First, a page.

The angelica has turned from flower heads to seed heads. We collect seeds by running a hand through the seed heads and any that fall off are ripe. Angelica germinates best from very fresh seeds so we will be sowing some in the next week or so. As this image shows, they are of interest to little warblers too.
Last year's Bloody Warrior plants have overwintered well at Serpentine and are now starting to flower. The small yellow flowers are now turning into "dandelion" type heads. We will let them continue to grow on and, probably when the leaves start to turn yellow, put a paper bag over the seed heads, give the plant a shake, and collect any ripe seeds that have fallen in to the bag. We often repeat this a few times until most of the seeds have dropped.
These images show how tall the plant in the greenhouse has grown - very near to the roof level. The middle picture shows the red "splashes" on the leaves (of one of this year's plants) that give the variety its name and the third image provides an example of Langley's brilliant labelling activity. The growing team as well as any visitors love to know what they are looking at and looking after.
We called in briefly to SCG today for the first time in nearly four months. We were amazed and impressed with what the growing and site managing teams have achieved. Congratulations to all involved in the different teams and on the different days.
We were also delighted to see a return of Peacock butterfly caterpillars in the patch of nettles beyond the end of poly2. Despite the rain, they are looking strong and clearly feeding well. Nature as well as gardeners doing its bit for SCG.
Last year's ornamental gourds have now completely dried and some of them rattle when they are shaken as the seeds roll around. We took advantage of a few wet days to paint them with emulsion from left over sample pots. The next stage is for the grandchildren to add detail by painting (faces?) or sticking (hair on?). They are amazingly light when dried:
This is one of the largest and weighs in at just over one ounce.
Saturday's post was well timed as today is the start of Great British Pea Week. The pea harvest is June to August and an estimated 480 billion individual peas are picked. The average Briton eats 9000 peas in a year. The world record for the most peas eaten with a cocktail stick in 30 seconds is 38 and is held by former cricketer Freddie Flintoff (something you can try at home). Further interesting facts are contained in an article in today's "i" which is entitled "Give Peas a chance". I have come across that somewhere else I think!
The tall peas have continued to grow well and Magnum Bonum in the centre of the frame has now reached the top. Magnum Bonum is a wrinkle seeded pea and is flanked by the mangetout Golden Sweet and the round seeded Newick. Squeezed in to what were intended to be bigger gaps are two climbing french beans, Caseknife and Mrs Lewis's. We have tried both mangetout varieties, Golden Sweet and the larger podded Eat All. In the next day or so we will harvest some of the purple podded Stephen's.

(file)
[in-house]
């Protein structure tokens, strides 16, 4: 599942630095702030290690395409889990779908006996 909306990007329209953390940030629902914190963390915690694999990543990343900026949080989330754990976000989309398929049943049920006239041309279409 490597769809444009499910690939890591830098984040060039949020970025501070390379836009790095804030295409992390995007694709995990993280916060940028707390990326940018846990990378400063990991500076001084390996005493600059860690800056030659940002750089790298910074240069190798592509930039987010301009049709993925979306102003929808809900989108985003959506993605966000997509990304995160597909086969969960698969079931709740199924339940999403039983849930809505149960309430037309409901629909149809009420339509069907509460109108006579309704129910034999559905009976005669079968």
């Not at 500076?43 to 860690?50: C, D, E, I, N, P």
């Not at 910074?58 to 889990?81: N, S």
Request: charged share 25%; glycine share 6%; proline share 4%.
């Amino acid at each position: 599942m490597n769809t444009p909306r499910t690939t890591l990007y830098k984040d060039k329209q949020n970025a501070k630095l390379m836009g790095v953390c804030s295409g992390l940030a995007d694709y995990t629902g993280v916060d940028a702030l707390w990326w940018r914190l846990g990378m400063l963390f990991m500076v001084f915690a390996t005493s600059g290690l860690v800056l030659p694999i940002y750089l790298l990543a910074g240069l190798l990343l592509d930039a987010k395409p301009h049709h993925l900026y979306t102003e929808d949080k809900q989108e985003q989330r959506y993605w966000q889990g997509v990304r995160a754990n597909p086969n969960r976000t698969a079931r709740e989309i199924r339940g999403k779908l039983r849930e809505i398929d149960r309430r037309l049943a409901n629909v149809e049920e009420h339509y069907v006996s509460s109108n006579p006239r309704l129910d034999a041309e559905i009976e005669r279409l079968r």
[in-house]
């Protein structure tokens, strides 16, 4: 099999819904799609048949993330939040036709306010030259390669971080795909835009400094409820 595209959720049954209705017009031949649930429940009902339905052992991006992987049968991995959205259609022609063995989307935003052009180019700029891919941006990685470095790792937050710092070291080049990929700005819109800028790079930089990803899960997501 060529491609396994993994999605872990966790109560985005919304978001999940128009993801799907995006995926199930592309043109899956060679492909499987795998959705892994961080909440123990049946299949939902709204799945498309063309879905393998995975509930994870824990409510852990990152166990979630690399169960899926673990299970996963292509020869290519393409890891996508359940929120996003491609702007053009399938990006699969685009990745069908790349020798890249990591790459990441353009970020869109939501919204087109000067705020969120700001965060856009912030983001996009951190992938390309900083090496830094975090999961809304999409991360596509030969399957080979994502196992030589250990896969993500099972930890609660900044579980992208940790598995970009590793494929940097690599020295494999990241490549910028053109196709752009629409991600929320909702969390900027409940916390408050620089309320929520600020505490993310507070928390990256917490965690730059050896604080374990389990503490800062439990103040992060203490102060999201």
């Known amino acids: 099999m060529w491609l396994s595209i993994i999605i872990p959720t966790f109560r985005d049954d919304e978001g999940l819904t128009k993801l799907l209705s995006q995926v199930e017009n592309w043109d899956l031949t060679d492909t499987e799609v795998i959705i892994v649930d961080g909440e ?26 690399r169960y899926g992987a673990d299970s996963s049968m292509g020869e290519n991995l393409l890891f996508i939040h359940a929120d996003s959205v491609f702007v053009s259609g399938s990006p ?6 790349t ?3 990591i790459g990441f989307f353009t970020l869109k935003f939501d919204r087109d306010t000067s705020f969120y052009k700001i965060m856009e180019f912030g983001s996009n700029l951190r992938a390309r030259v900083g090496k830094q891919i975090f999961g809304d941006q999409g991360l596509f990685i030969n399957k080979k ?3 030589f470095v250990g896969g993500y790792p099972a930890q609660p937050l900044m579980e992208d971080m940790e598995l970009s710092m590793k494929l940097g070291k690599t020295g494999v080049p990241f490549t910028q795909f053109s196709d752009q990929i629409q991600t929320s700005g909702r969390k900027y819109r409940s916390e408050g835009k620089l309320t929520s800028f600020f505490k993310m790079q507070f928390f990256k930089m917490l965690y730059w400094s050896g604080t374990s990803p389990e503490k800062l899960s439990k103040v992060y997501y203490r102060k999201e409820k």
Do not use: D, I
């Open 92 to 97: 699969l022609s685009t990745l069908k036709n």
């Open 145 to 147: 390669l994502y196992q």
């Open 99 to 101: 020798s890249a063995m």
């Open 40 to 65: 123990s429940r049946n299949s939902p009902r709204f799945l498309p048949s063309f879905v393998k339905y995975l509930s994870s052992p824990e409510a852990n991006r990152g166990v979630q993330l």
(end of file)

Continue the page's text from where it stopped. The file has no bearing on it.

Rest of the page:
Eat All mangetout Stephens Golden Sweet mangetout
Cordials and wine are among the first "products" from early harvests. The elderflowers are just ready so we have made two batches of elderflower cordial, one white and one pink. We will shortly be harvesting balm and mixed herbs for wine. As a gallon only takes four ounces of fresh herbs, there will be plenty left to grow on, perhaps for drying later in the season.
Our patch of herbs includes balm, sage, rosemary and marjoram with various mints elsewhere in the garden. The mixed herb wine is different every year and is therefore unrepeatable!
.... of our conservatory. The Corpse/Carrion flower (Stapelia) has started to produce blooms and to share its rather unpleasant scent. We can see more buds getting prepared to add their aroma!
In blogs back in March and April, we showed how we were propagating some of our succulents. They have done well and so, despite the rain, we have delivered a tray to the Transition Buxton Plant Swap this morning. Five different varieties: Crassula, Kalanchoe, Zebra Haworthia, Stapelia (Carrion Flower), and Bromeliad. We still have more than enough left to provide a delivery for the Serpentine "Secret Garden" event on 19th July (now fully booked).
Our sweet peas are coming in to flower so it seems a good time to revisit the information we shared at the workshop back in February. This one is "Painted Lady.
Sweet peas originated in Sicily and the Eastern Mediterranean and have been cultivated since the 17th century but until the 19th century were regarded as an insignificant flower valued for its scent. In Victorian times, Henry Eckford (1823-1905) cross bred and developed it and by 1901 had introduced 115 cultivars of the 264 grown by then. Sweet peas were used to explore genetics just as Mendel did with pea plants. An interesting example was crossing two pure white strains which produced a blue hybrid. Fame awaits the first person who manages to breed a yellow sweet pea.
We grow, among others, the variety Cupani which was introduced in to Britain in 1699. It was first cultivated by Father Francis Cupani, a Sicilian monk, who found it growing wild near his monastery in 1695.
Most of our varieties are grown from seeds obtained from Easton Walled Gardens, near Grantham. They grow around 50 varieties but steadily change the mix to keep the most successful ones and also develop new strains. This time of year you can visit the gardens and see (and smell) the varieties to help you decide your favourites.
Just on the other side of the A1 is Woolsthorpe Manor, birthplace and childhood home of Isaac Newton. An aged apple tree is still in the garden.
Cupani Wiltshire Ripple America
John & Gil Boardman, Growers at Serpentine now keeping SCG things going and growing from home.